Well, this time of the year is like the calm before the storm. Days, and sunlight, are starting to lengthen and with that will come increased propagation. Over the winter, we have been doing limited propagation as plant activity is slower with limited light. I thought during this period of calm, that I would take the time to explain our propagation process at Geek Gardens!
First, we take cuttings of “pups” from mature succulents in the greenhouse. Exactly where the cuttings are taken can be plant dependent. However, the basic principal is to include some of the stem to ensure that growth nodes are included. Cuttings are then left in the shade for a number of days to allow to callus. This is probably the most important step, as planting them too soon in wet soil will cause the cuttings to rot.
Once the callus has developed the plants can then be placed into wetted soil. At Geek Gardens, we mix our soil with a combination of well draining potting soil, perlite, and sand. We put the cuttings into seeding flats based on plant type. This allows to keep moisture in the soil longer than in individual pots. Moisture is important as the cuttings establish their roots. Mature plants are very water tolerant, but unestablished cuttings are not.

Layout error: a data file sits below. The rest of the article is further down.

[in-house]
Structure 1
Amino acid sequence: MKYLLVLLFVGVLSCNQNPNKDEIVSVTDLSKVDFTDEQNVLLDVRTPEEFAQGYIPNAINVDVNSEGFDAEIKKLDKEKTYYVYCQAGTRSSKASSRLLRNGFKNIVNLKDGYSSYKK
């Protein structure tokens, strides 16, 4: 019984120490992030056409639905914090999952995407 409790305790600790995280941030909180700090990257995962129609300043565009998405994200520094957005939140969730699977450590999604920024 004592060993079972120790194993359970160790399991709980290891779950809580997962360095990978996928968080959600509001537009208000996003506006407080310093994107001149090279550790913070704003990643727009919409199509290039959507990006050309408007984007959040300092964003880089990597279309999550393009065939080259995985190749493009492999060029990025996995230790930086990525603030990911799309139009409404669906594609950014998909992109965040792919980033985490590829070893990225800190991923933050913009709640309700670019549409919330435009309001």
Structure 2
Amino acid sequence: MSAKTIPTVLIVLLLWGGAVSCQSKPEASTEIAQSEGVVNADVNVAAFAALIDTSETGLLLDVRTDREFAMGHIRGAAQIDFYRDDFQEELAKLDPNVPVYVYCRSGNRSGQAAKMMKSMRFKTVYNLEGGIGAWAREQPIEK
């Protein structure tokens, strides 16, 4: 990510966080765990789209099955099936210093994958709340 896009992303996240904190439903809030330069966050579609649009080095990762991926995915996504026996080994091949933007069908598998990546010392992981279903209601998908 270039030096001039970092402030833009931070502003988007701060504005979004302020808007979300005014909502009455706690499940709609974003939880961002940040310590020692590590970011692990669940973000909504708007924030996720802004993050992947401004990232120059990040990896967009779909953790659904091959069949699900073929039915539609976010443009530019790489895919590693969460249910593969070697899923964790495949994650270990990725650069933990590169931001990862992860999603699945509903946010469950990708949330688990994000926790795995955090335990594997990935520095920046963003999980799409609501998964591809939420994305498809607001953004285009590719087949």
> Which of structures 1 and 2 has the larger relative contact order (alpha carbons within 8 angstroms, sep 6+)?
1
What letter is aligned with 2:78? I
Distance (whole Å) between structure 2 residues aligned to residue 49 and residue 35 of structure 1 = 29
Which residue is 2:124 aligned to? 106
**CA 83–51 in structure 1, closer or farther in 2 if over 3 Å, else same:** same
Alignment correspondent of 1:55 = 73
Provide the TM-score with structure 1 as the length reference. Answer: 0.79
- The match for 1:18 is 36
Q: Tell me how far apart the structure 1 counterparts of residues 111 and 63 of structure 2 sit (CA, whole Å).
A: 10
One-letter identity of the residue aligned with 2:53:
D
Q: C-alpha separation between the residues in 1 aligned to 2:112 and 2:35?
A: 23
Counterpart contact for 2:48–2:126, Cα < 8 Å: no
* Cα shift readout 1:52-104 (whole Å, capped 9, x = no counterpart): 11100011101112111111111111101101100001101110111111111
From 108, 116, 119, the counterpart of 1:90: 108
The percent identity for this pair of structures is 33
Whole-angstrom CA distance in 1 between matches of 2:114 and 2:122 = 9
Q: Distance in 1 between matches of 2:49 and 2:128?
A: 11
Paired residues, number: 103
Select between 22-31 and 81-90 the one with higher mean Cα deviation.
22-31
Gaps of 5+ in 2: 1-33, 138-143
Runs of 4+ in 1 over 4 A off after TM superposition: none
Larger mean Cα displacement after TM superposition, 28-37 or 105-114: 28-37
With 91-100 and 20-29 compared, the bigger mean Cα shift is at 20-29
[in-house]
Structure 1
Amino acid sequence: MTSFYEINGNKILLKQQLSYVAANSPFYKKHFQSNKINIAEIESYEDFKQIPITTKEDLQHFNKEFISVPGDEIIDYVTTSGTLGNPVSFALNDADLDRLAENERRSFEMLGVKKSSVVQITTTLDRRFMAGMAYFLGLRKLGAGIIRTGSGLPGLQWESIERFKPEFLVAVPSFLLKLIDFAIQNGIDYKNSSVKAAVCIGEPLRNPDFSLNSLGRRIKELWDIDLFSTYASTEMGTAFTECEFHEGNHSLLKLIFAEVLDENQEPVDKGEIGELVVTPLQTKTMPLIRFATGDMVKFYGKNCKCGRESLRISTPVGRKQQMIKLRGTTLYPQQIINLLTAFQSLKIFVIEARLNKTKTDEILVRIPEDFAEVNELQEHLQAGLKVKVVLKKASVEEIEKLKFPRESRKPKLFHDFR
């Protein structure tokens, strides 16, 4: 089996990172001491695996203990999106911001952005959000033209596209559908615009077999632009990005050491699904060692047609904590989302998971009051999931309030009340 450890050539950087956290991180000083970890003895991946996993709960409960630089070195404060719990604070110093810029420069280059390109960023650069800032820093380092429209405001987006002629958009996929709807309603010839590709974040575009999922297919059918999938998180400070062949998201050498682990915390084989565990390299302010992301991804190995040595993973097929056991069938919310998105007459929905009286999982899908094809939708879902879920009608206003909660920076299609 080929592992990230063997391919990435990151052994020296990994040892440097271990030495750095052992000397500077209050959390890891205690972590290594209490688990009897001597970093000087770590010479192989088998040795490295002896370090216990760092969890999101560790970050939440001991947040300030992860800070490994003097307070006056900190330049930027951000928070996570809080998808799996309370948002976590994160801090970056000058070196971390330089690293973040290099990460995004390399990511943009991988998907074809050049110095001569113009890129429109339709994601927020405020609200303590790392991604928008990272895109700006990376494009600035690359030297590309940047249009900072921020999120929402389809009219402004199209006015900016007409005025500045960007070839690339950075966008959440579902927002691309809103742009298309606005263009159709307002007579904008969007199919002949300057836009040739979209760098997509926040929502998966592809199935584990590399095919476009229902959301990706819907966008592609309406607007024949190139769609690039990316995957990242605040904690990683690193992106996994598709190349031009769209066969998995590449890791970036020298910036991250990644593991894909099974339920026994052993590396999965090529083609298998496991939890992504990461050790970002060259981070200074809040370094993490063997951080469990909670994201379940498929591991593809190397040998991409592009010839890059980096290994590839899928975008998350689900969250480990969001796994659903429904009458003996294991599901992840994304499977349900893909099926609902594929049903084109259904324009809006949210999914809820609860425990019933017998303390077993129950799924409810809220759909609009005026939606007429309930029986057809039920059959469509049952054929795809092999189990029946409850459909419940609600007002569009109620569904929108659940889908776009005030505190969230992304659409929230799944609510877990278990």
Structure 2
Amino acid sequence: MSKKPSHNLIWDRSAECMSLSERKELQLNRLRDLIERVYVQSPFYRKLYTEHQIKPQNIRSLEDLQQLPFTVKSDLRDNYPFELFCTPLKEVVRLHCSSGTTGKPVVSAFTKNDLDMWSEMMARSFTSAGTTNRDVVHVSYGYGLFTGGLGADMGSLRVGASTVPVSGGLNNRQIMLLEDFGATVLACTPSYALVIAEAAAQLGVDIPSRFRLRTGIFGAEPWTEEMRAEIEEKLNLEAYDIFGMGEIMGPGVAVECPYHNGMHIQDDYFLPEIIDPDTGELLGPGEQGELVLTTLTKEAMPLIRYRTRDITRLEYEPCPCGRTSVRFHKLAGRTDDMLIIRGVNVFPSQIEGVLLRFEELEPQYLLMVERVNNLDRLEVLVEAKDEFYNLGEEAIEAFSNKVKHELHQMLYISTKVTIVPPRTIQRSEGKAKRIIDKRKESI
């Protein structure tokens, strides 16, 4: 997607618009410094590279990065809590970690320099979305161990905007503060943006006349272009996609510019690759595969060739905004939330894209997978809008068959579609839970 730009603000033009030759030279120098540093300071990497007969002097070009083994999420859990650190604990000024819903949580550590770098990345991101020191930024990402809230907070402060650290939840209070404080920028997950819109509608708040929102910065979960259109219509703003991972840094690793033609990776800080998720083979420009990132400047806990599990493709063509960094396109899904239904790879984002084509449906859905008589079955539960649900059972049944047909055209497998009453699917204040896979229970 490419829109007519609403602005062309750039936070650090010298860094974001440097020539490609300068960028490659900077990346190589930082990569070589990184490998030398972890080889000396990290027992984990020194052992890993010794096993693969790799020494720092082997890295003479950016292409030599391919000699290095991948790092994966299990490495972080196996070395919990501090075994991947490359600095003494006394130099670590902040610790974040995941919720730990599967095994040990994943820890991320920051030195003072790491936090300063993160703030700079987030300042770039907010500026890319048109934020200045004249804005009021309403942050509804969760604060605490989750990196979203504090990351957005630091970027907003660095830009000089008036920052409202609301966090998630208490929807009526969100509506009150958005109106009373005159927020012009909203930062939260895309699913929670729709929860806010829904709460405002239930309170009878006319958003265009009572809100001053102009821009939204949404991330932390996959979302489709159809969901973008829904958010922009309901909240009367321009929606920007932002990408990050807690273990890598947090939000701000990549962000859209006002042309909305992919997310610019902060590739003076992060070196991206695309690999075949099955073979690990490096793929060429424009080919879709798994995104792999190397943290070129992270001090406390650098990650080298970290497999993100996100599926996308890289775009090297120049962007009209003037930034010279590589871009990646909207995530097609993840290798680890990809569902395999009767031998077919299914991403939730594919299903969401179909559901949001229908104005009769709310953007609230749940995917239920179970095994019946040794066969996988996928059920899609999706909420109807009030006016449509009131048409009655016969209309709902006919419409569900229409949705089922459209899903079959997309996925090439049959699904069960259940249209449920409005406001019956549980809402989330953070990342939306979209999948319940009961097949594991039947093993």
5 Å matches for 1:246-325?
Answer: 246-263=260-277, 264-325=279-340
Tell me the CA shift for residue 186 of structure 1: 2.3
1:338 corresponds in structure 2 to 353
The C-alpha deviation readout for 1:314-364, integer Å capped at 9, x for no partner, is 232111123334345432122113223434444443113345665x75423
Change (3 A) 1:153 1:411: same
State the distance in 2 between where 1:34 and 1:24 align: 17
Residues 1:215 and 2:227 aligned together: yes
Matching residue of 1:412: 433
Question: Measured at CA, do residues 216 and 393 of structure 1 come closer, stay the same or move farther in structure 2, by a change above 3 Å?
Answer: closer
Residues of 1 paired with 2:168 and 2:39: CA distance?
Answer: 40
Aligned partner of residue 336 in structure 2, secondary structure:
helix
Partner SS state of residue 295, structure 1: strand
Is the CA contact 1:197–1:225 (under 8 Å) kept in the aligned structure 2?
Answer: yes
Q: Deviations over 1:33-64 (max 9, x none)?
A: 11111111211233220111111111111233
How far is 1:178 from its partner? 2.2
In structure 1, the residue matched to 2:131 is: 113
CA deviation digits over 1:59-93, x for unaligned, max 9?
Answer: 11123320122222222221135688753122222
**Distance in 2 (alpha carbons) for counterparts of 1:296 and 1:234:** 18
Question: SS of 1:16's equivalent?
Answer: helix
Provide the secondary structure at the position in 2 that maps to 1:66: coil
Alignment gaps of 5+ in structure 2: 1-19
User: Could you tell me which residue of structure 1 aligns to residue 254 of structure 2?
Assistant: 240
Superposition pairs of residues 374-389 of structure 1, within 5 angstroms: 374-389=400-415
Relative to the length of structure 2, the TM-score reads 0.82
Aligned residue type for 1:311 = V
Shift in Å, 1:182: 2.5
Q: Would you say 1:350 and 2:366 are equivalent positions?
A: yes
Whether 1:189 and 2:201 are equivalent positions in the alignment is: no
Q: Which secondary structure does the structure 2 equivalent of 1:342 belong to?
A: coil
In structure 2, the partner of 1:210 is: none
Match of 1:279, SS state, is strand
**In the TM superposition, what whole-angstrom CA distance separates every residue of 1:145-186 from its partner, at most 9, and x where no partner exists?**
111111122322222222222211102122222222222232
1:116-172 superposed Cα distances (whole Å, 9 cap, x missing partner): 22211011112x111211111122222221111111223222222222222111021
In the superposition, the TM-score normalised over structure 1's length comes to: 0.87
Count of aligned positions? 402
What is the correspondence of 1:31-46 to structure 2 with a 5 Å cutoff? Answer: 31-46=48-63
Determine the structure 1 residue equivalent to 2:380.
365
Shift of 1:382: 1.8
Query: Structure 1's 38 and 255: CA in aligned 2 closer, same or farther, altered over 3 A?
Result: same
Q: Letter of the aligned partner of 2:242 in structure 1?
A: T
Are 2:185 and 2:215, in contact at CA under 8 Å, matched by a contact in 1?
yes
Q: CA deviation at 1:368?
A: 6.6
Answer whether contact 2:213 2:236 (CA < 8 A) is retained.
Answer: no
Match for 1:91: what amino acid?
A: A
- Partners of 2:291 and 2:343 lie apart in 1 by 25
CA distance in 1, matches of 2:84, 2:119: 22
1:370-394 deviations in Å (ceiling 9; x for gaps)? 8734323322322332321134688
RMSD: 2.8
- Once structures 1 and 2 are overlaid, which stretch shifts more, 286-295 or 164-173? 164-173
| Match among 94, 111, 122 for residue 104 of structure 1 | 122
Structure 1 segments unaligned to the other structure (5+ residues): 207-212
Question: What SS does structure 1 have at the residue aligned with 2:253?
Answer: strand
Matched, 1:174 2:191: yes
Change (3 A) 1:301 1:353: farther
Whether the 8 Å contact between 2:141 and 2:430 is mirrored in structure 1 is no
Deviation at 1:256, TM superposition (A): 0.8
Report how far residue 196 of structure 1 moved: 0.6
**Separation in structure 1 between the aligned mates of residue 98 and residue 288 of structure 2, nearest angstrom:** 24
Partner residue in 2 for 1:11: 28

After a number of weeks, significantly longer in the winter, the plants will establish roots. Cuttings will let you know when they are ready. The plants will have new growth and wrinkled leaves will plump back to a healthy status. When this happens, we transplant the not rooted cuttings into individual pots. We keep them in small pots until they further establish, this is mainly for space considerations in the greenhouse.
When the plants grow, the growth rate will be slowed by the limited space. It is important to monitor growth so that plants can be replanted in larger pots before they become root bound in the smaller containers. In larger pots, the plants can grow to maturity, as can be seen in the picture below.
Time to get organized as the spring approaches and we get ramped up to full speed. Look for more information on leaf propagation in the future!